Skip to main content Skip to footer

Crafting a security policy that reflects the needs of different stakeholders

Manuel Sanchez

Security is everyone’s responsibility, so security policies should reflect the needs and interests of an organization’s many different functions and stakeholders.

Cross-functional input and buy-in

Principal among those other functions and stakeholders are the corporate legal team, finance, human resources, procurement, production, and administration. Of course, IT supports all of them in their secure access and use of technology, applications, and data.

As part of crafting an organizational security policy, it is important to clearly explain the goals of developing such a policy, answer any questions to clarify misunderstandings, and solicit their input and support. Keep stakeholders informed of the policy’s development and let them know that you value their advice. Doing so will help ensure that when the policy is ready for organizational adoption, they will already have bought into it, given that their input helped draft it.

In addition, consideration must be given to a company’s executive leadership, which typically consists of the heads of these functions as well as the CEO, president, and COO. Many professional services firms — such as law firms, accounting practices, and business consultants — are organized as partnerships with a managing partner or director heading all administration. In any case, many if not all of these other functions exist, too.

Understand the differing security concerns across the teams and departments 

As you gather input from different functions, you’ll discover their security concerns will vary, depending on their working contexts.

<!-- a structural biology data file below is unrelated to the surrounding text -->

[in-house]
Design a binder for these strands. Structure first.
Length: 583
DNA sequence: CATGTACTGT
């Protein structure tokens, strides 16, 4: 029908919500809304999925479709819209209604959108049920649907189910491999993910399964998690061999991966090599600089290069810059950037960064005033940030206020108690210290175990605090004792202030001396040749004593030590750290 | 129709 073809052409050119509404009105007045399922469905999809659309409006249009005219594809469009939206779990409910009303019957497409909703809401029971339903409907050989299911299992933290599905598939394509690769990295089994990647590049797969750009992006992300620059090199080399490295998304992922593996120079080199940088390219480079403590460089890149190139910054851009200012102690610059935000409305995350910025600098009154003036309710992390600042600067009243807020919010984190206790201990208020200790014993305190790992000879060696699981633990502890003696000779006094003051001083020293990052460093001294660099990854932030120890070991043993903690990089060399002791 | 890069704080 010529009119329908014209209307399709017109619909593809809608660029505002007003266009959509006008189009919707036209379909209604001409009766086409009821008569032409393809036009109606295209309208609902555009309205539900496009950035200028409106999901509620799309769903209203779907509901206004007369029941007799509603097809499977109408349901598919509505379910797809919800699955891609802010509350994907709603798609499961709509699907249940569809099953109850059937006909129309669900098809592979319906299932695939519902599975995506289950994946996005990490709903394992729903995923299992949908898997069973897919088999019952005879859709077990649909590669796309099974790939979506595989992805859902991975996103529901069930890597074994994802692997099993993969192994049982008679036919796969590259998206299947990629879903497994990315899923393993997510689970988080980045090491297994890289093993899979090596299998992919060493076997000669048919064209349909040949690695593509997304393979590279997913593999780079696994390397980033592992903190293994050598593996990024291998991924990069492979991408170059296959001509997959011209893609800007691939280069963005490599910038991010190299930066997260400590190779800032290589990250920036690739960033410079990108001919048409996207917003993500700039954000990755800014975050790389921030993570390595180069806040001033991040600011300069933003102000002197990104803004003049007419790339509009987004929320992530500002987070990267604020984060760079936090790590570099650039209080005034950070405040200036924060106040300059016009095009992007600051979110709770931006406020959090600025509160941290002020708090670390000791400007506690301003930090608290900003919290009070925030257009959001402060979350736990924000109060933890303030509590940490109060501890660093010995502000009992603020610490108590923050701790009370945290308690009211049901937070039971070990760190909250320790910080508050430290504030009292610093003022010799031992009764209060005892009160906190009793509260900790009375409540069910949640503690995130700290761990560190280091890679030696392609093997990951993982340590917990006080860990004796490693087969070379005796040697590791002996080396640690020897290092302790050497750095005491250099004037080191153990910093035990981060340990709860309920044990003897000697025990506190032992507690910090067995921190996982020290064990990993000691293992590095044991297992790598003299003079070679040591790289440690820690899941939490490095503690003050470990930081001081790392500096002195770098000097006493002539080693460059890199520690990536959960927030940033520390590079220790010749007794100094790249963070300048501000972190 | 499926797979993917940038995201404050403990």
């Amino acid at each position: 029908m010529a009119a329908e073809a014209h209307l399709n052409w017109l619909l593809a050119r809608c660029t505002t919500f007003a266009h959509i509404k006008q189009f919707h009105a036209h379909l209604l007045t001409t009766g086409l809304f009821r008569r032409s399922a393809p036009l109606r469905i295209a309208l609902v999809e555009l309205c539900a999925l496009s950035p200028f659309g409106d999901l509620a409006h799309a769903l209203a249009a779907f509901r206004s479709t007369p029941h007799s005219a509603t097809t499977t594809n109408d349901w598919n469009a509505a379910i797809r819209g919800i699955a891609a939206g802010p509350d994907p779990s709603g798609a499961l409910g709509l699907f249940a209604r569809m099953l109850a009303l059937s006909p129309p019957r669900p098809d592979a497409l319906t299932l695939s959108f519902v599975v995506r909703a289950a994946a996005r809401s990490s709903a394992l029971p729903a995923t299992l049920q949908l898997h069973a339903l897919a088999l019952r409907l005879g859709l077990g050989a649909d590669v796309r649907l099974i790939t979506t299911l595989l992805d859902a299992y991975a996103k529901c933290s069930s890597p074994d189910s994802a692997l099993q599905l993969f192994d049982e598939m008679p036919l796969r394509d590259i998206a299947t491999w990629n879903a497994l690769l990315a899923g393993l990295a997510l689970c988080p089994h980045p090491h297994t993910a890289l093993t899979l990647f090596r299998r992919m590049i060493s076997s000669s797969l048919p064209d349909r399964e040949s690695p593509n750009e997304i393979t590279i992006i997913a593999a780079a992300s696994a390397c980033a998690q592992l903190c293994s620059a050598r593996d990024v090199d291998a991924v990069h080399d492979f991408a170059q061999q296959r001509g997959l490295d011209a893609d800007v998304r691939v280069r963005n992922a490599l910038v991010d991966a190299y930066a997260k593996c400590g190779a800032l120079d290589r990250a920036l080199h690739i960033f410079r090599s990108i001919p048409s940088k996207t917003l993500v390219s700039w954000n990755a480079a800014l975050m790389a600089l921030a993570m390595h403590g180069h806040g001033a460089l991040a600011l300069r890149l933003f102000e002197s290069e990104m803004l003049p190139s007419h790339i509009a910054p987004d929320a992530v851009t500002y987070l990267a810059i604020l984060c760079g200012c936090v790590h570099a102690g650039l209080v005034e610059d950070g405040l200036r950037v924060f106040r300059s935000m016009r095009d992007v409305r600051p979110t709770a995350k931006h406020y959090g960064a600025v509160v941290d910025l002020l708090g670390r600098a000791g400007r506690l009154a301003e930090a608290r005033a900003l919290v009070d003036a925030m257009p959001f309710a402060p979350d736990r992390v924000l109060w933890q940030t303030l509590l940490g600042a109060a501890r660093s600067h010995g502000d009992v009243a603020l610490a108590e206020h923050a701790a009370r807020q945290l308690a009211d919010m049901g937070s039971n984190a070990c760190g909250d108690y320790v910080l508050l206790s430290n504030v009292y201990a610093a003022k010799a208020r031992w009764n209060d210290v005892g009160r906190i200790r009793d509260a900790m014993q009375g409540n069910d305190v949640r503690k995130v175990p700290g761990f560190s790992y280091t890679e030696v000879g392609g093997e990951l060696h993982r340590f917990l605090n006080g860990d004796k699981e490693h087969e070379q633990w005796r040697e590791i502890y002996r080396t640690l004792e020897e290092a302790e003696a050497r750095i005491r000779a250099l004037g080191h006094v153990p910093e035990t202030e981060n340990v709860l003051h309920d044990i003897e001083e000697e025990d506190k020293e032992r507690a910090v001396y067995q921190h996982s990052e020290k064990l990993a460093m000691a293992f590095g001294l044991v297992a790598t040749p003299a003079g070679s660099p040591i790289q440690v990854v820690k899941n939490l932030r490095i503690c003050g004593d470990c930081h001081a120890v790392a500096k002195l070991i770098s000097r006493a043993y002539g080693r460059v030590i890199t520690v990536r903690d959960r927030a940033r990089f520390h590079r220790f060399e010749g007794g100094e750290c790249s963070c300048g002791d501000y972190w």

For example, legal has ethical and regulatory requirements for the intellectual and knowledge assets they must handle. Finance and accounting need ready access to financial data for planning and reporting but must be careful about leaks, especially if the company is publicly traded. Human resources staff needs employee data secured, often in compliance with various privacy regulations, and must be able to conduct easy onboarding of new hires and to terminate access privileges immediately whenever an employee leaves the firm.

Nevertheless, these and all other teams and departments share a common desire in the overall organization’s security: They want it to be frictionless, so they can quickly and easily access the data, information, and knowledge assets they need from wherever they’re working.

iManage Work 10 and iManage Cloud, along with our iManage security-related offerings, can help organizations achieve the balance between security and accessibility that’s right for their particular requirements. In addition, these solutions provide flexibility and scalability to adapt to a company’s changes — mergers, acquisitions, or divestitures — and growth over time. 

Find out more about securing your knowledge and sensitive data while balancing protections and accessibility; Protect knowledge and secure your vision.

About the author

Manuel Sanchez

Manuel Sanchez is Information Security & Compliance Specialist at iManage with extensive professional experience in information security, governance, and compliance.